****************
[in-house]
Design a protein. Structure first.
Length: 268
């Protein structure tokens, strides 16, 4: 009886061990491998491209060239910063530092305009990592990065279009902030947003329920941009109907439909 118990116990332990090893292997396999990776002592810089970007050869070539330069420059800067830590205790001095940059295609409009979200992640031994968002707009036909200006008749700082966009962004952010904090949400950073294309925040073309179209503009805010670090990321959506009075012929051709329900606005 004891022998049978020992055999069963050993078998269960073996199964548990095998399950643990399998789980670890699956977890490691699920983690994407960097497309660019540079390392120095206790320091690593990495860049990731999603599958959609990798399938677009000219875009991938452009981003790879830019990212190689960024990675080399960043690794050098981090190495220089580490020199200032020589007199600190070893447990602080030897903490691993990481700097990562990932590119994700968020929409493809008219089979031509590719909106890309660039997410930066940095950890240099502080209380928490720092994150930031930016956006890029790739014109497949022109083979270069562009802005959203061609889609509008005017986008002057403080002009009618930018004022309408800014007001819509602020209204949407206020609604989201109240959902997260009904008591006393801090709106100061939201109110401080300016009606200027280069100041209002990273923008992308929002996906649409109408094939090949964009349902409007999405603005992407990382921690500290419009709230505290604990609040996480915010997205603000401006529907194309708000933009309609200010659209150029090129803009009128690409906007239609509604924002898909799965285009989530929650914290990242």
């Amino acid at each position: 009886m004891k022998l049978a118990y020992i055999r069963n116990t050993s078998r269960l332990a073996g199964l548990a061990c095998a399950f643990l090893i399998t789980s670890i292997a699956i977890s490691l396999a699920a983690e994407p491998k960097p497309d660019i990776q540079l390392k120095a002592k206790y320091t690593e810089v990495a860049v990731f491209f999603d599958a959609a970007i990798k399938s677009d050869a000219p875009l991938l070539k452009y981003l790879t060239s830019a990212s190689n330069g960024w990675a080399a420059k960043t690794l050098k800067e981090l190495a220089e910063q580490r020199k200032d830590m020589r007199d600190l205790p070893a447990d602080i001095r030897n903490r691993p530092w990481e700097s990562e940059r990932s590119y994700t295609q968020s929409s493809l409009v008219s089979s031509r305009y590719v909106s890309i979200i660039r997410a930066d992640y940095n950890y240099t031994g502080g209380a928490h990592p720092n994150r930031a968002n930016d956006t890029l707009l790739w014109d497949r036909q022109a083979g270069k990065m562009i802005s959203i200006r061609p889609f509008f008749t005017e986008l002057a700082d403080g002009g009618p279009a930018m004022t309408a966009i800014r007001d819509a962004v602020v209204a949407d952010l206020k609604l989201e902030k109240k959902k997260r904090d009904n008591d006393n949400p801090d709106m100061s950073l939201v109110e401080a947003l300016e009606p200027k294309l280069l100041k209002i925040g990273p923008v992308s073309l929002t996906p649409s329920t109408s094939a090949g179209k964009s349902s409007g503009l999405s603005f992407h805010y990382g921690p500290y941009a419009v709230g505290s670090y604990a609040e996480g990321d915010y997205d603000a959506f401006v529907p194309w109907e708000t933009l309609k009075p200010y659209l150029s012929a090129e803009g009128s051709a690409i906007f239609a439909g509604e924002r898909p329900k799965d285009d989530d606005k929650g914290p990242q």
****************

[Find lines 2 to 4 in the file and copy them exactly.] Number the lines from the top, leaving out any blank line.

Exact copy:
Design a protein. Structure first.
Length: 268
């Protein structure tokens, strides 16, 4: 009886061990491998491209060239910063530092305009990592990065279009902030947003329920941009109907439909 118990116990332990090893292997396999990776002592810089970007050869070539330069420059800067830590205790001095940059295609409009979200992640031994968002707009036909200006008749700082966009962004952010904090949400950073294309925040073309179209503009805010670090990321959506009075012929051709329900606005 004891022998049978020992055999069963050993078998269960073996199964548990095998399950643990399998789980670890699956977890490691699920983690994407960097497309660019540079390392120095206790320091690593990495860049990731999603599958959609990798399938677009000219875009991938452009981003790879830019990212190689960024990675080399960043690794050098981090190495220089580490020199200032020589007199600190070893447990602080030897903490691993990481700097990562990932590119994700968020929409493809008219089979031509590719909106890309660039997410930066940095950890240099502080209380928490720092994150930031930016956006890029790739014109497949022109083979270069562009802005959203061609889609509008005017986008002057403080002009009618930018004022309408800014007001819509602020209204949407206020609604989201109240959902997260009904008591006393801090709106100061939201109110401080300016009606200027280069100041209002990273923008992308929002996906649409109408094939090949964009349902409007999405603005992407990382921690500290419009709230505290604990609040996480915010997205603000401006529907194309708000933009309609200010659209150029090129803009009128690409906007239609509604924002898909799965285009989530929650914290990242």